The image is from Patrick Chappatte, an editorial cartoonist for The International New York Times. View more of his work, visit his Website or follow him on Twitter.

In the last seven days 289 people have been killed by a gun in the United States.

Including the victims of the Orlando night club shooting, that is an average of 41 deaths per day. Not including those victims, it is an average of 34 deaths per day.

The deaths occurred in 38 American states.

The death count includes the 33 other Americans, besides the 49 killed in Orlando night club, who were also shot and killed across the United States on Sunday, June 12, 2016.

The death count includes the 206 other people killed, one, two, three, four, or five at a time, by a bullet fired in the United States on the other six days in the past week.   In some cases the shooter was an individual fueled by anger, hatred, and rage, who shot and killed their own spouse and children. In other cases the shooters were police officers who felt compelled to shoot and kill suspects who produced guns in their confrontation with police.

In all cases the death was by a bullet fired by a gun.

The Gun Violence Archive (GVA) records these deaths on its website in real time. Using information gleaned daily from 1,500 media, law enforcement, government and commercial sources, it attempts to provide as near-real time data as possible about gun deaths. Its website says it is “not, by design an advocacy group.” Rather, its goal is to provide raw data for policy makers, activists, and citizens in discussions about policies and responses to gun violence in the United States.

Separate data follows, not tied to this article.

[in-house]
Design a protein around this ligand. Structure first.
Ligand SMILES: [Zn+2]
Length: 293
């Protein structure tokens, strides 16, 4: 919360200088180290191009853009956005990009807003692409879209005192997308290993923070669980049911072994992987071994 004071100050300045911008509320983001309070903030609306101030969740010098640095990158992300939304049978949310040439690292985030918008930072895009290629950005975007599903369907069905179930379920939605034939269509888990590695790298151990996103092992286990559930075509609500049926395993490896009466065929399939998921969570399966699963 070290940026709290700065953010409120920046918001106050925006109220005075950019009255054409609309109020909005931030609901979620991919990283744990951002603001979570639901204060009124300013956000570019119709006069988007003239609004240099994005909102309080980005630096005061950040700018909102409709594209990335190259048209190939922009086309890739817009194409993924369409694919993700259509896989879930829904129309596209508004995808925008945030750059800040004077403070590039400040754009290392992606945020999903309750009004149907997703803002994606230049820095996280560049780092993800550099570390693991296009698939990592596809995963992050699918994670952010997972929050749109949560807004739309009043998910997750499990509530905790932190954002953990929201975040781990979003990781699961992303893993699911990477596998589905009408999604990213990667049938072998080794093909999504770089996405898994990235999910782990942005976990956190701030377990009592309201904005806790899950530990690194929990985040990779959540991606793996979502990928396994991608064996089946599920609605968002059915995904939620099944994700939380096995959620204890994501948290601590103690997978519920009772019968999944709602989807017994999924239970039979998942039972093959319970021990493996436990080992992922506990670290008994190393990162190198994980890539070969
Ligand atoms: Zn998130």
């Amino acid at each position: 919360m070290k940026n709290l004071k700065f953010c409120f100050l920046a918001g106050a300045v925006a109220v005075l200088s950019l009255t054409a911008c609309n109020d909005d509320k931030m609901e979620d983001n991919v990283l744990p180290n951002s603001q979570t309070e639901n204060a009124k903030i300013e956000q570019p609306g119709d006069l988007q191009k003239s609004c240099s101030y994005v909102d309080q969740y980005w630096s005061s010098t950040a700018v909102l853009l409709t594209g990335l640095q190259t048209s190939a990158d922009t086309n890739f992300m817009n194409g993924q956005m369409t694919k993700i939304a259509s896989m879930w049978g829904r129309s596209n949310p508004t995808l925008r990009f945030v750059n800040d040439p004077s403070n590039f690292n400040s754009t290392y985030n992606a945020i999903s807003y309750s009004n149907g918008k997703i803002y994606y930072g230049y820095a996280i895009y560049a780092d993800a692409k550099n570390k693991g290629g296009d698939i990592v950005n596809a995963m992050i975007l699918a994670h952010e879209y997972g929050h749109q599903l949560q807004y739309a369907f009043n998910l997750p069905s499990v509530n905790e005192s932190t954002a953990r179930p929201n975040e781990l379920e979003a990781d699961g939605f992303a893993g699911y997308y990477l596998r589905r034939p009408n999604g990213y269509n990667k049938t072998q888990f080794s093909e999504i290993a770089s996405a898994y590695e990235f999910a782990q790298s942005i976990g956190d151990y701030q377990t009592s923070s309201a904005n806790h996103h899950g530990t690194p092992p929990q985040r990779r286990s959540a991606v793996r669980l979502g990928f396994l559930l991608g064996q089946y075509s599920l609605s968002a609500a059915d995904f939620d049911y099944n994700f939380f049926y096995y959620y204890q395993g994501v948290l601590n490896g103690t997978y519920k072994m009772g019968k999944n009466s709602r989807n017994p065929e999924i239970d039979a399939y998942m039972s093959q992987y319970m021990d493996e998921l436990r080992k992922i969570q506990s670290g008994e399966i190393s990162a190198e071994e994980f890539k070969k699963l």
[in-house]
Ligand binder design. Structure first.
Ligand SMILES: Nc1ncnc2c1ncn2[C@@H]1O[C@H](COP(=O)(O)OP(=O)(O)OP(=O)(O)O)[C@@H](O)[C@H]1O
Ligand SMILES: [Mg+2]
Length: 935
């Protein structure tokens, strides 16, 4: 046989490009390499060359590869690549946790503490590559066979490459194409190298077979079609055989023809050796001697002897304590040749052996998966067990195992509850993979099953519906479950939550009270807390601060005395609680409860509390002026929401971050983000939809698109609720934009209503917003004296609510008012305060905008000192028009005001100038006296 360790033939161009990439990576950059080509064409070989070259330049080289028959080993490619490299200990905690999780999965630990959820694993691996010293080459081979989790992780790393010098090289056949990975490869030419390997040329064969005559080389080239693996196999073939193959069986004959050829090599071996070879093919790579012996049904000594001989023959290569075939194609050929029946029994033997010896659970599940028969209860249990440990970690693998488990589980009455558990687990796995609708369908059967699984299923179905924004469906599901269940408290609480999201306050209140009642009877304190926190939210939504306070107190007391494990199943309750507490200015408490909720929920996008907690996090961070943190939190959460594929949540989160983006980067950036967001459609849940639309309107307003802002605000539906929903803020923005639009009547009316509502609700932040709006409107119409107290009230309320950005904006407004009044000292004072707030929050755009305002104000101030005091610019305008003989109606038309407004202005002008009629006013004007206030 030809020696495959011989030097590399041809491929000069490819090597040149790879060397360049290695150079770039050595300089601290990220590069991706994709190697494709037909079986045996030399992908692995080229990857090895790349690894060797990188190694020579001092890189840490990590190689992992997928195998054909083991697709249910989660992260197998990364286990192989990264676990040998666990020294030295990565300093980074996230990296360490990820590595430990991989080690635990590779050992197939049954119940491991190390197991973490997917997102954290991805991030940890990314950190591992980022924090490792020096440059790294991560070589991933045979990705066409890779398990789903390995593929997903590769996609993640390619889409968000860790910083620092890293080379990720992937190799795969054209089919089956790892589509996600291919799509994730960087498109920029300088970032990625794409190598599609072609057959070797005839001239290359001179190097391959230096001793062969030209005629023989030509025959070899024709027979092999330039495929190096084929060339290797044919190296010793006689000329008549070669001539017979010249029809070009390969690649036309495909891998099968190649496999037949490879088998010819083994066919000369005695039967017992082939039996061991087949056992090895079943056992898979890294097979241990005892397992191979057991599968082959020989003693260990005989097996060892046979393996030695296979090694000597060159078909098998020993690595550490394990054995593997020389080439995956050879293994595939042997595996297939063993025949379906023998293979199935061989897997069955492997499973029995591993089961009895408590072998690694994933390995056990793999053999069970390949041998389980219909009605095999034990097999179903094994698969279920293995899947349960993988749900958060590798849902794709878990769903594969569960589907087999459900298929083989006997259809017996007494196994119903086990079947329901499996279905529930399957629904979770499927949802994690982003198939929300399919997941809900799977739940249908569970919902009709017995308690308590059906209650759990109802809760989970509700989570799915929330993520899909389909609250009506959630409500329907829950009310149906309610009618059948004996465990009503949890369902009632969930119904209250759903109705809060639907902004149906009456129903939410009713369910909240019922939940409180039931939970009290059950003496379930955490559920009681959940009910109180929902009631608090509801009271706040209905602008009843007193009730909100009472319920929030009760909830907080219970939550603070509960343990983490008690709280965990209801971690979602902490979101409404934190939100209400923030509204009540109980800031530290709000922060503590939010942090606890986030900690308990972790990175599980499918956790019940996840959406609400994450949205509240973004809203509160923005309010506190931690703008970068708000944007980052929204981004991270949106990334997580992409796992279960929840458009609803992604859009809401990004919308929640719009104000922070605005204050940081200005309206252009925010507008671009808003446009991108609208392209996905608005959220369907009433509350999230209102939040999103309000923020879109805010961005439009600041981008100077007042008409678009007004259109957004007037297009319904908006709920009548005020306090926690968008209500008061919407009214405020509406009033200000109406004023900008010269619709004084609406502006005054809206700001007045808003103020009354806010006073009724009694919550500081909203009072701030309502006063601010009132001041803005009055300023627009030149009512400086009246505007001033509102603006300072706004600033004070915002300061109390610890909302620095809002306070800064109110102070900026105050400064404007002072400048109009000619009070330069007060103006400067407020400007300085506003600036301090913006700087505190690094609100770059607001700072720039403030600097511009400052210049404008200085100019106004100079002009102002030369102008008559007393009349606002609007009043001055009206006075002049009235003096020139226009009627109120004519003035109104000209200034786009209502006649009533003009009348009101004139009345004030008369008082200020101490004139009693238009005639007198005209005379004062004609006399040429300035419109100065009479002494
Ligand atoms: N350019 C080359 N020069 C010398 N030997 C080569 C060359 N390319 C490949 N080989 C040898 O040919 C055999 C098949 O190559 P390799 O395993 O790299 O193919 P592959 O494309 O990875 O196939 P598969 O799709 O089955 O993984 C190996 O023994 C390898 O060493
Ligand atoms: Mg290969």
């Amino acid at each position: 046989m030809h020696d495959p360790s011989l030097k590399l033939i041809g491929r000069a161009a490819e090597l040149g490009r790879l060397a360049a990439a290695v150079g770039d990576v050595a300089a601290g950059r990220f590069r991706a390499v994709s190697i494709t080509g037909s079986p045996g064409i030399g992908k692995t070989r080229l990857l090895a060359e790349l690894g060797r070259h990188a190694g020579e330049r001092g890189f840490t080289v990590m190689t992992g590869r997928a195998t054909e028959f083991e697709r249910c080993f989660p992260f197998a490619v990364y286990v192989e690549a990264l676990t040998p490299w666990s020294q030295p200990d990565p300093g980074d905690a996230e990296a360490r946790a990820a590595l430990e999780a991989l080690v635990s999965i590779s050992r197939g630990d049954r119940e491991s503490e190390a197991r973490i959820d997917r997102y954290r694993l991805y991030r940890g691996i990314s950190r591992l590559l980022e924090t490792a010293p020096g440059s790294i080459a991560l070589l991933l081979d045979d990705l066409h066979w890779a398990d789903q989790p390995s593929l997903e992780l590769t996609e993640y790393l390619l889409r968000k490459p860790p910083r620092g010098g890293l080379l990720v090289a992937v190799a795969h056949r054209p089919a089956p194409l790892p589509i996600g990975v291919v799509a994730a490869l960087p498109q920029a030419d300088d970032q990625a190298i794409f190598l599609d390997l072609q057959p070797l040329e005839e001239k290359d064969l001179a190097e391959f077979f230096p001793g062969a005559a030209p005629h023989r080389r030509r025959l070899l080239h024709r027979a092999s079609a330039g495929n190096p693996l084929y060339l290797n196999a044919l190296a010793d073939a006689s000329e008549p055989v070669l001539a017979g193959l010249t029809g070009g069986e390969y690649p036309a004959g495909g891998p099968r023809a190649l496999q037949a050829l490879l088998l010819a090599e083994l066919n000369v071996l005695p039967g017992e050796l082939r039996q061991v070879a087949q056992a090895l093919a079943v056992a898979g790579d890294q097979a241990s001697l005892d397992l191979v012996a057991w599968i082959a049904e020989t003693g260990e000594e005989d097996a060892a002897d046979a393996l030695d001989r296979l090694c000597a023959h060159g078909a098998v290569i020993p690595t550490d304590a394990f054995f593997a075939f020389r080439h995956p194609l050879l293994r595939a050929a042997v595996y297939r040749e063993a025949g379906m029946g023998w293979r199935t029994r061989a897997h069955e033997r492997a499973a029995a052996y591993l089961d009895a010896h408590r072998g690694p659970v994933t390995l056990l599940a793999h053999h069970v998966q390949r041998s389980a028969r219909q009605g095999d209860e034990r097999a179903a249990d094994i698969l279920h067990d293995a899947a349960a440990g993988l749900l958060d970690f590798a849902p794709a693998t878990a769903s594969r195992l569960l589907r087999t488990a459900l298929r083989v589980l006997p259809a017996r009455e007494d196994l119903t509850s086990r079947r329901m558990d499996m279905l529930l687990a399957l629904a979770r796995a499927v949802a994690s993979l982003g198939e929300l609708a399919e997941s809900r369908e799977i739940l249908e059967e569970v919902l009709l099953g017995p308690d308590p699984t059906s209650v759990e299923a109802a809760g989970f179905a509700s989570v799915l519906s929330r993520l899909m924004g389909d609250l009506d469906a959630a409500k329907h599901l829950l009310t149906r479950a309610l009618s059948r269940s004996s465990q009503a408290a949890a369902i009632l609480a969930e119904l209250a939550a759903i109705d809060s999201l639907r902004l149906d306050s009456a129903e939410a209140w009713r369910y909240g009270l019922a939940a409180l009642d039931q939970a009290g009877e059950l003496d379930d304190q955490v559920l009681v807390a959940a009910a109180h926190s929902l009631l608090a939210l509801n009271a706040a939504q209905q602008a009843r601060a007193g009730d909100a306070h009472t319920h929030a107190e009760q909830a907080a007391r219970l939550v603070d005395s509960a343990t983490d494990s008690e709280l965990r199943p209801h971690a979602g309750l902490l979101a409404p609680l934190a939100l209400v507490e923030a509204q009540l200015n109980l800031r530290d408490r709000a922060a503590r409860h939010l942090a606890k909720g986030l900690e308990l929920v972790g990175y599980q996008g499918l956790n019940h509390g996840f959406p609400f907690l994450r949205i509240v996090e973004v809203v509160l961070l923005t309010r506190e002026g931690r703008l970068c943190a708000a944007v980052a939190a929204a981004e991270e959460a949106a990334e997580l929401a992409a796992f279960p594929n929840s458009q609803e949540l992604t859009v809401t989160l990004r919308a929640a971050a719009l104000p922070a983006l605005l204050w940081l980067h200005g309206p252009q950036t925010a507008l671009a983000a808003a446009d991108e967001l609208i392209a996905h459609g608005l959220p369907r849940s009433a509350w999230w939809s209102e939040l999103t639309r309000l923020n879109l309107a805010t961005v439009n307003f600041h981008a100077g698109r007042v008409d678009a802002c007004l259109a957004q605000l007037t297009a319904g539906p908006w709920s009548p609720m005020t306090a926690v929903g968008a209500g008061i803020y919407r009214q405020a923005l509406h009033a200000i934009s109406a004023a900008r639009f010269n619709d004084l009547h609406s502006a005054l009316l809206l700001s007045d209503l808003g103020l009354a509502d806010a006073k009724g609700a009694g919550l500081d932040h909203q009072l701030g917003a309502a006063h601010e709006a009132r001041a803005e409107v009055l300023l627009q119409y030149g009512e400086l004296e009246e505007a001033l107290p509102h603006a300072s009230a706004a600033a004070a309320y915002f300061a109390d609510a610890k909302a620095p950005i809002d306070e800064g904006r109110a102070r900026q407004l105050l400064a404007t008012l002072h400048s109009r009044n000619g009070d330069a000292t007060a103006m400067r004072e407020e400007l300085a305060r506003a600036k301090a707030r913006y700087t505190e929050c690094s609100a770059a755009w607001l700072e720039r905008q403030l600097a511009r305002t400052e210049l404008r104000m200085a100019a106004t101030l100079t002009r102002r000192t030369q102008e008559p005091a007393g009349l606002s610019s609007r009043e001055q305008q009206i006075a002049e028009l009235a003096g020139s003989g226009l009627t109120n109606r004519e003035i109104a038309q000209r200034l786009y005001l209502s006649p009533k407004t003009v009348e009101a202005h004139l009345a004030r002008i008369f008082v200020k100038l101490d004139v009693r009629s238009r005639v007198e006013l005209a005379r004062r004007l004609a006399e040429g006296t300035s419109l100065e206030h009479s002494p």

The total number of deaths by guns is actually higher. The GVA does not record accidental deaths or suicides by guns in these figures – unless the incident is a murder-suicide. Nor can it include deaths not yet reported.

Here’s a sample of stories behind the numbers:

Wednesday, June 8 – Boston, Massachusetts. A high school student was shot and killed at the Jeremiah Burke High School in Dorchester as the student body evacuated the school in response to a fire alarm. I started my count on this day because the principle of the high school, Lindsa McIntyre, is a lifelong Lutheran and member of The Intersection, Dorchester (formerly, Our Saviour’s Lutheran Church).

Saturday, June 11 – Roswell, New Mexico.   A man shot and killed his wife and four daughters ages 14, 11, 7, and 3.

Saturday, June 11Panorama City, California. A man shot his family, killing the two teenage daughters of his ex-girlfriend and injuring his ex-girlfriend and her son.

Sunday, June 12 – Littlestown, Pennsylvania. A man shot and killed his 9-year-old daughter, shot and injured his wife, and then shot and killed himself.

Sunday, June 12 – Chicago, Illinois. Two men were shot to death while sitting on a porch just hours after they attended the funeral for another victim of Chicago gun violence.

Tuesday, June 14 – Cleveland, Ohio. Two men started arguing at a gas station, prompting one of the men to produce a gun.  He shot and killed the other man, as well as an innocent bystander, an 18-year-old woman, as she ran for cover.

The GVA is the prophet crying out in the wilderness, pointing unflinchingly and honestly at the staggering fact that Americans are dying in a relentless hail of bullets in this country.

Blood is flowing in our streets. Weeping and wailing goes up throughout our land. The prophet cries “How long, O Lord. How long?”

“O God, whose heart compassionate bears every human pain, redeem this violent, wounding world till gentleness shall reign. O God of mercy, hear our prayer: bring peace to earth again!”

[Vs 4 of ELW Hymn #700 “Bring Peace to Earth Again”  Text:  Herman G. Stuempfle, Jr.  b. 1923. Text and music © 1996 World Library Publications]

+NDP

Continued reading … responses written by my colleagues to the Orlando, Florida shooting.

Click here for the pastoral and prophetic pastoral letter written by the Rev. James Hazelwood, Bishop of the New England Synod.

Click here for the personal and powerful response written by the Rev. Angel Marrero, my gay Latino colleague in Waltham, Massachusetts.